As space was pretty tight in the print edition this week, I wasn't able to fit the entirety of my interviews with VEGA's Alan Palomo or the Granada Theater's Mike Schoder into the space for my column this week on the Crystal Castles cancellation at the Granada. Below, find the entirety of my interview with Schoder from last Wednesday afternoon, in which Schoder details his dealings with Crystal Castles and his opinion on their decision to back out of the show.
Initial thoughts on what happened last night?
Nobody does that. You don't cancel because you don't like somebody. I don't know if they felt like VEGA was better than them or overshadowed them. Who knows?
Did they give you any reason for why they were willing to cancel the show?
They were saying, "We don't need this money." It was all about [Ethan] not liking the way the kick drum sounded. And it's like, if you've seen shows here, that just isn't [the case].
What's the worst part about how things went down last night?
Just to crap on the fans--that's the biggest thing. All these people bought tickets and came out and not only does he cancel, but he waits until 10 o'clock to do it, when all these people have been standing in line for three hours. It's just terrible.
At what point did you know the show wasn't going to take place?
As soon as the manager came to us and said they weren't going to play. That was just shortly after 10 o'clock.
What happened prior to that?
I was talking to Ethan, the keyboard player, for hours at the front of the house. It was just ridiculous.
Most ridiculous situation you've ever had at the Granada?
Oh, easily. We've never canceled a show--artists cancel shows for whatever reason, but nothing like this.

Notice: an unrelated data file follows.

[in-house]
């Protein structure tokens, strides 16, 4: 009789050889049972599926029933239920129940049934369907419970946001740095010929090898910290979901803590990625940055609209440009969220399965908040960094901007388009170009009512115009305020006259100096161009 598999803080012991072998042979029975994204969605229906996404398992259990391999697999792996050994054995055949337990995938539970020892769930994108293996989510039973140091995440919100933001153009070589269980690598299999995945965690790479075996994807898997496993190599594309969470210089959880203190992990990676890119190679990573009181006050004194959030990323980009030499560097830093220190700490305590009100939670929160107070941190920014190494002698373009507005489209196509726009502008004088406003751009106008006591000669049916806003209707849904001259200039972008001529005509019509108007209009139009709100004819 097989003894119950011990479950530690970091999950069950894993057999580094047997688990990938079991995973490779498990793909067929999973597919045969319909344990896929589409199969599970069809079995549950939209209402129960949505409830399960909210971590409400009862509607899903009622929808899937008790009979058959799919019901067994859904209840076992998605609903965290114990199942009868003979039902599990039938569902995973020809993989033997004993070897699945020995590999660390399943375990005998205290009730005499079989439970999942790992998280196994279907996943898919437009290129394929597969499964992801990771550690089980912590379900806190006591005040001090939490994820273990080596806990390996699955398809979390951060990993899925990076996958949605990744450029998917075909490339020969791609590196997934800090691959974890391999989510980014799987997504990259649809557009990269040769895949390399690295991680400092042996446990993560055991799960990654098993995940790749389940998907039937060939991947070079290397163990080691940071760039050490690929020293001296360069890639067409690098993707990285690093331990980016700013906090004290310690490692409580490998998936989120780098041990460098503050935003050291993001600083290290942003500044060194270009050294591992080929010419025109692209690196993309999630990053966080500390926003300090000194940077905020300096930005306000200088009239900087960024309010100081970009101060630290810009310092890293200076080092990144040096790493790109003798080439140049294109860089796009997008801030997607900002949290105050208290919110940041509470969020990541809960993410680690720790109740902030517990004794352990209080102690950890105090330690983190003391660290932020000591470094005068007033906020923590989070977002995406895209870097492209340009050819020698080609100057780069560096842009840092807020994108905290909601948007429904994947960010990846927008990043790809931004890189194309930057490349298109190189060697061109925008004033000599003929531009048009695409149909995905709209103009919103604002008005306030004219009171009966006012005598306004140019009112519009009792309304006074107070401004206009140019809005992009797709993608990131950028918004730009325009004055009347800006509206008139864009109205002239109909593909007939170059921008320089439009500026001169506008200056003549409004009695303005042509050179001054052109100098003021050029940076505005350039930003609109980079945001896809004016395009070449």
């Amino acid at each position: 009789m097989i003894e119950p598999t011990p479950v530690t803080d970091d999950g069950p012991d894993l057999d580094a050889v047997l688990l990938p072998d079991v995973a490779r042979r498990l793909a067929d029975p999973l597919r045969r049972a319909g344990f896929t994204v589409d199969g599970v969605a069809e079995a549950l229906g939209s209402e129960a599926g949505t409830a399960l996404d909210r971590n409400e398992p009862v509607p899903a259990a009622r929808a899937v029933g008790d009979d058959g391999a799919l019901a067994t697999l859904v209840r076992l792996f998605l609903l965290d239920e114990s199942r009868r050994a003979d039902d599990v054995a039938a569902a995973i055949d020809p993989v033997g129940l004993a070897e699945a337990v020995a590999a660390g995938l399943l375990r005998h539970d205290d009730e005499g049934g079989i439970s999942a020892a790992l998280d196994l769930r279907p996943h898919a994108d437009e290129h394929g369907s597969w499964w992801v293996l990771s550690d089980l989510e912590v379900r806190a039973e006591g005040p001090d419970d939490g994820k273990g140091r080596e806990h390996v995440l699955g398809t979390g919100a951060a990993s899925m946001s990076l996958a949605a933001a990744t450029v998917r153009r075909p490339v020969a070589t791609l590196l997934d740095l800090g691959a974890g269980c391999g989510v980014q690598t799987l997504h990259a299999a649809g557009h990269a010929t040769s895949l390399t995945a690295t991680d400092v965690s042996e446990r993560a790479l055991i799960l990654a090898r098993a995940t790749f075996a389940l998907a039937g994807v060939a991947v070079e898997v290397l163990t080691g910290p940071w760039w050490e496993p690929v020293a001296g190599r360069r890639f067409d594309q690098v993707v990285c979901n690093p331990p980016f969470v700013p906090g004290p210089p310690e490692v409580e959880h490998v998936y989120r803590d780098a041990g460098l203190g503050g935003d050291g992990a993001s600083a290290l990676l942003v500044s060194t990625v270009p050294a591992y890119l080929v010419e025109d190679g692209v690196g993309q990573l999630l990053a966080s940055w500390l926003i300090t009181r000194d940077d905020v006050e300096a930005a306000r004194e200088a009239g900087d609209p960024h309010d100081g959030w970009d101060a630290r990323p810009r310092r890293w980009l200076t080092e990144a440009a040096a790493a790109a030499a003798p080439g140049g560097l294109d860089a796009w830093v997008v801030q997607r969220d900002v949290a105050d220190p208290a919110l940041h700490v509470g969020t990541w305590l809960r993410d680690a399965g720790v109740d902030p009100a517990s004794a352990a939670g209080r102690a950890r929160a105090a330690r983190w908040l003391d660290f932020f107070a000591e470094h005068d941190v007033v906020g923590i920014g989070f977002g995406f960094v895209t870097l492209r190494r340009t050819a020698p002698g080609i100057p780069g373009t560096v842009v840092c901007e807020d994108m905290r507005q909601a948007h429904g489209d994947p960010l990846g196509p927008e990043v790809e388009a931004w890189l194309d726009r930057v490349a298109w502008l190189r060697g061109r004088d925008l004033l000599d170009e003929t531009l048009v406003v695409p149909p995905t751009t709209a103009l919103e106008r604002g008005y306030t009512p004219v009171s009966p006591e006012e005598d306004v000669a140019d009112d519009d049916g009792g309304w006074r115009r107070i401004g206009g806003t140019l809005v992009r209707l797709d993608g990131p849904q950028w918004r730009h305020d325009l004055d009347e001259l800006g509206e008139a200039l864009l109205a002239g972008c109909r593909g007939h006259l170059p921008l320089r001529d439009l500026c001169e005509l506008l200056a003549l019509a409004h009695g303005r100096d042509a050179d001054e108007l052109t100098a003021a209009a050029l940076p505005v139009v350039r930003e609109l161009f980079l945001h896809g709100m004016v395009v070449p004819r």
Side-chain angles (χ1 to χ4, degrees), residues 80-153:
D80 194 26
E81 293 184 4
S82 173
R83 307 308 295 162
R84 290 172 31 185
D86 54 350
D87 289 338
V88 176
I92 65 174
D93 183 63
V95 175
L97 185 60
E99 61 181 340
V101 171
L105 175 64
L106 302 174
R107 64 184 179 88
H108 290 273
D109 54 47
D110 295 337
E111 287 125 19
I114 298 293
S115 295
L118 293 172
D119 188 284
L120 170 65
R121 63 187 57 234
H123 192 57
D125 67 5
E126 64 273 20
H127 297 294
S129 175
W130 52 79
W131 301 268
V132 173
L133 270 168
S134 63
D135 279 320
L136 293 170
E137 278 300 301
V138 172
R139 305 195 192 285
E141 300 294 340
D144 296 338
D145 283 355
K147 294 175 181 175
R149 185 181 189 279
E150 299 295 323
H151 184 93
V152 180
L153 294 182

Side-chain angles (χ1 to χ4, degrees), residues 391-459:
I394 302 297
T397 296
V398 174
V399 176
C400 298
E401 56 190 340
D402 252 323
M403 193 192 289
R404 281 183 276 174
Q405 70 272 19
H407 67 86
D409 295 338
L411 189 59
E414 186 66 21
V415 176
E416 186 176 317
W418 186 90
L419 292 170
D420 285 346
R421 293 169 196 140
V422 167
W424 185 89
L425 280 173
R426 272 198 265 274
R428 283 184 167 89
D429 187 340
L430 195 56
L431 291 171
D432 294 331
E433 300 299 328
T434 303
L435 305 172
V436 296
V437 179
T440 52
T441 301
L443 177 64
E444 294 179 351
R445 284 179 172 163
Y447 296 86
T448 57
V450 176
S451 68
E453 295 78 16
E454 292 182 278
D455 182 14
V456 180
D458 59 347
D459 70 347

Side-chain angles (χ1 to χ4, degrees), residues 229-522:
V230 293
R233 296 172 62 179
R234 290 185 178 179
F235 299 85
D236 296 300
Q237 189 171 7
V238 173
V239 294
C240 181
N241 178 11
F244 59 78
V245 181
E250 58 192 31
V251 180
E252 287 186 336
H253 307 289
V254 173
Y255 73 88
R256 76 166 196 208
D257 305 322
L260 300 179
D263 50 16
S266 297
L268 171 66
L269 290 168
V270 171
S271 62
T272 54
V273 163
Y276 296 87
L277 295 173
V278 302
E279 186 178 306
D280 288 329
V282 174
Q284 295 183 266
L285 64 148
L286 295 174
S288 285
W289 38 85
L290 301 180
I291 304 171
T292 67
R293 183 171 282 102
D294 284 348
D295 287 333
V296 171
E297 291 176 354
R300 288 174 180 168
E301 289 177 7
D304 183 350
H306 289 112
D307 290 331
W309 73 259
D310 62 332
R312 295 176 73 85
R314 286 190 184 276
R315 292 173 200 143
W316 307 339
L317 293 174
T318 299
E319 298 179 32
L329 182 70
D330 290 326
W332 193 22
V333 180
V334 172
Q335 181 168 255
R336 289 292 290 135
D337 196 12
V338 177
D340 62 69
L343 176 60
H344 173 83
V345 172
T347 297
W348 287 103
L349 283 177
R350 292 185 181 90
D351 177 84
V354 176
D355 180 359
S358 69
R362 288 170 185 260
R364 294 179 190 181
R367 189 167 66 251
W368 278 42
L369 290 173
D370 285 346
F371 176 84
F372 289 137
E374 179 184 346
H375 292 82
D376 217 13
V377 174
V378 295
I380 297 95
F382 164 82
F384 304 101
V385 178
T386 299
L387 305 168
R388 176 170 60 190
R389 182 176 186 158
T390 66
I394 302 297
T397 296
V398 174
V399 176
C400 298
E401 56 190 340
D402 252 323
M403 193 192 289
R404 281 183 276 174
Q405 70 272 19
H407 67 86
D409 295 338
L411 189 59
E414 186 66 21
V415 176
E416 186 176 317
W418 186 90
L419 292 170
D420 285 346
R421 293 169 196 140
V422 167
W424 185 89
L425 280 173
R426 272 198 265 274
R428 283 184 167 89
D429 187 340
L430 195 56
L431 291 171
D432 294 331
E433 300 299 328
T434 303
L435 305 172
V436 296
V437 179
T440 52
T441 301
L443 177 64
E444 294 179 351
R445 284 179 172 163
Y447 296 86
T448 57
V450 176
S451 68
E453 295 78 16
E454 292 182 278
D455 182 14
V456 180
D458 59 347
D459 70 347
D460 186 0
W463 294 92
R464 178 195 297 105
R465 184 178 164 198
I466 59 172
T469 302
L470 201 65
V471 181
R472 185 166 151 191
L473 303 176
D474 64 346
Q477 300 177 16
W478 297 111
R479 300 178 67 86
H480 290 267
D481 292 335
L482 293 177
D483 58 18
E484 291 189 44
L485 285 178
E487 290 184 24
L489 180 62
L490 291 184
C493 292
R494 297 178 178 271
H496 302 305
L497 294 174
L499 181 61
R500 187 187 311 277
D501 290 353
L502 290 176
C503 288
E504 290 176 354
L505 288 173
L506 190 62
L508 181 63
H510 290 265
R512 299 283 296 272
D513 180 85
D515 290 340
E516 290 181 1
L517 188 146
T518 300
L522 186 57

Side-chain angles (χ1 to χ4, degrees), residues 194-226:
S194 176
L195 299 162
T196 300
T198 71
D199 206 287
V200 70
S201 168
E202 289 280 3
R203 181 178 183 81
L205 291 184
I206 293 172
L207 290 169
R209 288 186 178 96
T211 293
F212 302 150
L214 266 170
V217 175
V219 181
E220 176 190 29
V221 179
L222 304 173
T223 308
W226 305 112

And you said you heard the band during soundcheck?
Yeah, it sounded great.
So what was happening between soundcheck and the cancellation?
Them trying to make their mind up whether they were going to play or not.
What were they saying?
[Ethan] was like, 'I'd rather not do a show than do a show where I don't think the sound is right.'
Were you willing to accommodate his requests?
Oh, sure, absolutely. But even their sound guy was like, "This system's good enough for 5,000- 7,000 people outdoors." I mean, it's a huge system; you can use it for festivals. But their sound guy couldn't get them on stage. Their manager couldn't get them on stage--but it was just her second day with them. When the rock star's standing there, you just kind of wait for what he says because he's the rock star. Even us. The artist makes the rules. We just fulfill whatever they want. But, you know, how loud does it need to be?
How upset are you about how this went down?
There's just so much in life that you cannot control. For me to get upset about it is wasting time. But I'm upset for the fans. I hate that. But anybody that's been in there and heard that system knows that the system is incredible.
I'm just trying to picture the scene inside the room in my head. Outside, in the line to get in, people were getting pretty riled up. But it sounds like a whole lot of nothing was going on inside, the way you're saying it.
There was nothing absolutely wild and dramatic about it. Like I put in that email: Play your show, talk to your fans, and if you don't like the sound, don't come back to the venue. But don't not play the show.
Sounds like you wouldn't have even minded if they went on stage and threw your room under the bus.
I don't fucking care what they say. They can say whatever they want.
What were you thinking when they said they weren't going to go on and that the problem was your sound system?